Sermon October 20 – Luke 18:1-8, Why Jesus Matters: Power Rev. Betsy Hogan

Have you ever sort of enjoyed something for all the wrong reasons?

It was an enormous relief, for me and everyone else in Halifax, when it was confirmed that the crane that crashed down on South Park Street during Hurricane Dorian in September hadn’t either hurt or killed anyone in its falling.

Not just because no one was hurt or killed – though obviously that was everyone’s primary concern – but also because it meant that the VIDEO of it crashing down could be watched without its being an actual record of horror.

Because the process of that crane falling, captured on that video, was really quite beautiful. It was almost balletic, like it had been planned. As an art installation. Wrapping itself gracefully around the building like a vine or ribbon, and absolutely breath-taking – though only because no one had been hurt.

All these weeks later, of course, there’s nothing left to enjoy about it. The people and businesses that had to be evacuated have suffered immensely in the meantime and will still be feeling repercussions far into the future.

But I am fully ready to confess that every day for the past week after week after week that that crane was ridiculously ludicrously unacceptably not being removed in a swift and timely fashion as it absolutely should have been, state of emergency and all – I am fully ready to confess as the minister of the church that lives in this building, off of which things fall with alarming regularity, that a tiny little piece of me has enjoyed the Crane Debacle making it clear to all and sundry…

…how frustratingly infuriatingly SLOWLY these building-fixing-checking-repairing ‘things’ happen, here. That it’s not just us. That it’s not that we’re not doing it right. That this slowness is actually a thing.

I’m not saying that feeling a teensy bit vindicated by this is admirable or attractive in any way, just that it’s a little bit real. Though I’d trade it in a second for those people and businesses not to still be dealing with the mess it’s left behind.

It is awful to feel powerless. Like there's nothing you can do to make something happen, to make something move, to make something change. For humans, I think it’s honestly our worst thing, whether in relation to great and mighty systems or the incremental losses, say, of illness or aging. Our instinct, always, is to grasp for some measure of control. To assert, however we can, that we actually possess some measure of power, jurisdiction, agency, over whatever’s going on.

And if part of that is physiological – inherent in how we’re created as human beings – part of it, I think, is also learned. Because there ARE cultures and societies and faith expressions that have actually developed quite specifically and intentionally away from this notion of that we have control. That emphasize instead living not just as though we don’t but also that we can’t. The Eastern religions and worldviews of Buddhism and Taoism, for example, lean with intent into the idea of just ‘riding the wave’. Recognizing, acknowledging, owning human powerlessness in relation to fate or the universe or the grand scheme of things, and so just ‘riding that wave’ of up and down as best we can. There being no alternative.

And there’s some value in that. Because if instead we locate ourselves in a camp completely opposite to that, in which control is ALWAYS somehow possible, then crashing into any situation in which we figure out it isn’t is a recipe for either incoherent fury… or despair.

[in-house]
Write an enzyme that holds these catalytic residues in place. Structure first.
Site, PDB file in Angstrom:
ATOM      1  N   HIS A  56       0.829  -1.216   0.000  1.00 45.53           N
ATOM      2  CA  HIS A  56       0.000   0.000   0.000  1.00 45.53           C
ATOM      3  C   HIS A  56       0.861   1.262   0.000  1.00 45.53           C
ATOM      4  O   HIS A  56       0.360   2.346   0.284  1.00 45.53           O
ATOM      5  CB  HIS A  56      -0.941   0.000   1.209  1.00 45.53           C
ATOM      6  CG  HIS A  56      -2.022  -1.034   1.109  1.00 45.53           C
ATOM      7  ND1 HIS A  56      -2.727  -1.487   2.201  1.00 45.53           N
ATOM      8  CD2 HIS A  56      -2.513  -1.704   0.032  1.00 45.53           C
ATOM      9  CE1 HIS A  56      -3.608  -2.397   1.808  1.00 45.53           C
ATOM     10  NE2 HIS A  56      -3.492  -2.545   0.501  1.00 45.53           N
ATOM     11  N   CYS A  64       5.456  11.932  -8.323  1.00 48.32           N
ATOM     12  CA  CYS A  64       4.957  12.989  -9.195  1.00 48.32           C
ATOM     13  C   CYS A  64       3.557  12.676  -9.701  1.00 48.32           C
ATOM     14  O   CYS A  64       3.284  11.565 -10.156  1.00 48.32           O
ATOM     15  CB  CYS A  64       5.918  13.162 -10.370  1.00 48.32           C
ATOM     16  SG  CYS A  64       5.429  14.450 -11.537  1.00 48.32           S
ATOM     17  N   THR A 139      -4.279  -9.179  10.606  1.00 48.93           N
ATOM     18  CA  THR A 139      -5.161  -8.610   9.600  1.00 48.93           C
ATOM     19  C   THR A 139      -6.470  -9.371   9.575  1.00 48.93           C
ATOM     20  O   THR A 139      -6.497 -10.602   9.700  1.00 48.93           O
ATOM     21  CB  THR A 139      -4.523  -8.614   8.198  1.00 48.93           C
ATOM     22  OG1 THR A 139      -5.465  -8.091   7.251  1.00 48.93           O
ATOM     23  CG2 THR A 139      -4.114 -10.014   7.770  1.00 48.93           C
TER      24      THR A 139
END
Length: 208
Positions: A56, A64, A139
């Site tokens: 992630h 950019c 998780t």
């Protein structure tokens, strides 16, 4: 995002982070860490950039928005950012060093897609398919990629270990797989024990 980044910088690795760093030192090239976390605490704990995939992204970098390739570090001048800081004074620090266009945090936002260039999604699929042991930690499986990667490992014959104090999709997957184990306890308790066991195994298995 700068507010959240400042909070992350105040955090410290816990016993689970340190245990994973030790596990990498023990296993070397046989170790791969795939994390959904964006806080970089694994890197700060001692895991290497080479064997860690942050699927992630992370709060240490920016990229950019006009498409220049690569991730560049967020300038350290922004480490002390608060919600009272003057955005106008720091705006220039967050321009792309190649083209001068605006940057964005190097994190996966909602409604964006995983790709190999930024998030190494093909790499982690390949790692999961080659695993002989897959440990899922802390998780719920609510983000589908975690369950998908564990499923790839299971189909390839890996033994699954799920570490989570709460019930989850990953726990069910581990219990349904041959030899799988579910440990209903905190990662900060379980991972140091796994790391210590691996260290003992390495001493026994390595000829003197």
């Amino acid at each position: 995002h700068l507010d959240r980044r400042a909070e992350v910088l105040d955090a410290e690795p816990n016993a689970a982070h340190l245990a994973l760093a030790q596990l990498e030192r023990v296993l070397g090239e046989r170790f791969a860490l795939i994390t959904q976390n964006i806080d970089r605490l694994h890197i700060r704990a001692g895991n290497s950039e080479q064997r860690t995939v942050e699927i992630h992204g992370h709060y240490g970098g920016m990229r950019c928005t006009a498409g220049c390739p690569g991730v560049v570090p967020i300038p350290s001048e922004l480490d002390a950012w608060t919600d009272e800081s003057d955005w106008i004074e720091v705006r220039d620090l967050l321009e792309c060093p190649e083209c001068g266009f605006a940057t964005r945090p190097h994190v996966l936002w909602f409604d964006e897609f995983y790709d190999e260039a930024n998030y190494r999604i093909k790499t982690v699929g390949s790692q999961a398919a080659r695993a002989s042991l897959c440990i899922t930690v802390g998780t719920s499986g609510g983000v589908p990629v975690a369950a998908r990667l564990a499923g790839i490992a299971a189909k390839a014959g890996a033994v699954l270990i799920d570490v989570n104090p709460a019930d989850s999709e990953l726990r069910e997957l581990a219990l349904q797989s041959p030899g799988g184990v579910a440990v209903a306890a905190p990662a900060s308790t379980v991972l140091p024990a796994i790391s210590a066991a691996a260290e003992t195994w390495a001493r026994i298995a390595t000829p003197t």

Wisdom, of course, is finding the sweet spot of balance. In which we know how to recognize when there IS something we can do – some active exercise of power we can undertake to gain control -- but ALSO learn how to recognize when that ‘something we can do’ is actually just nothing. And so the “power” that we have is on purpose “choosing” to do that nothing. And instead just… let it be, let it go, ride the wave.

In the parable that Jesus tells his disciples, in this passage that Brenda read for us earlier, the judge who neither fears God nor respects people absolutely wishes that the seriously annoying widow who keeps turning up in his courtroom yowling about how she wants justice would decide instead to just “let it go”.

He could hardly have made this more clear to her, in tossing her out of his courtroom over and over and over again, but she just will not take the hint. Or, in fact, the actually quite loud and clear message and not a ‘hint’ at all, that he literally does not care about what she’s asking for because he literally does not care about her. At all. And really he just wishes she’d go away.

Which of course she won’t. Because she knows that God is a God of justice, even if this judge is clearly not a judge-of-justice, and so she knows that eventually… somehow… either with this judge or without him… justice will be achieved. Because God is a God of justice.

And she’s right. Eventually she does get justice, this widow. And in fact it’s WITH this judge. Who changes. Though this is one place where the fact that our Bible is a translation into English actually matters. Because our English translation makes it sound like she finally gets justice only because the judge gets tired of being “bothered” by her, like the point is her persistence.

But the word in the original Greek implies not just that she’s ‘bothering’ him, but that she’s actually kind of wrecking his reputation at the same time. She’s not just ‘annoying’ in a sort of vague but persistent way, in other words, but she’s specifically starting to wreck his reputation by calling him out publicly for not being a fair judge. In a very specific persistent way. Not just annoying, but truth-telling. And that’s what matters here. Not just the fact of her persistence, but its content. That truth-telling.

We have a tendency, as human beings, to think about power and strength and might in very physical terms. We think about them manifesting in terms of personal safety and personal space and personal autonomy and personal authority.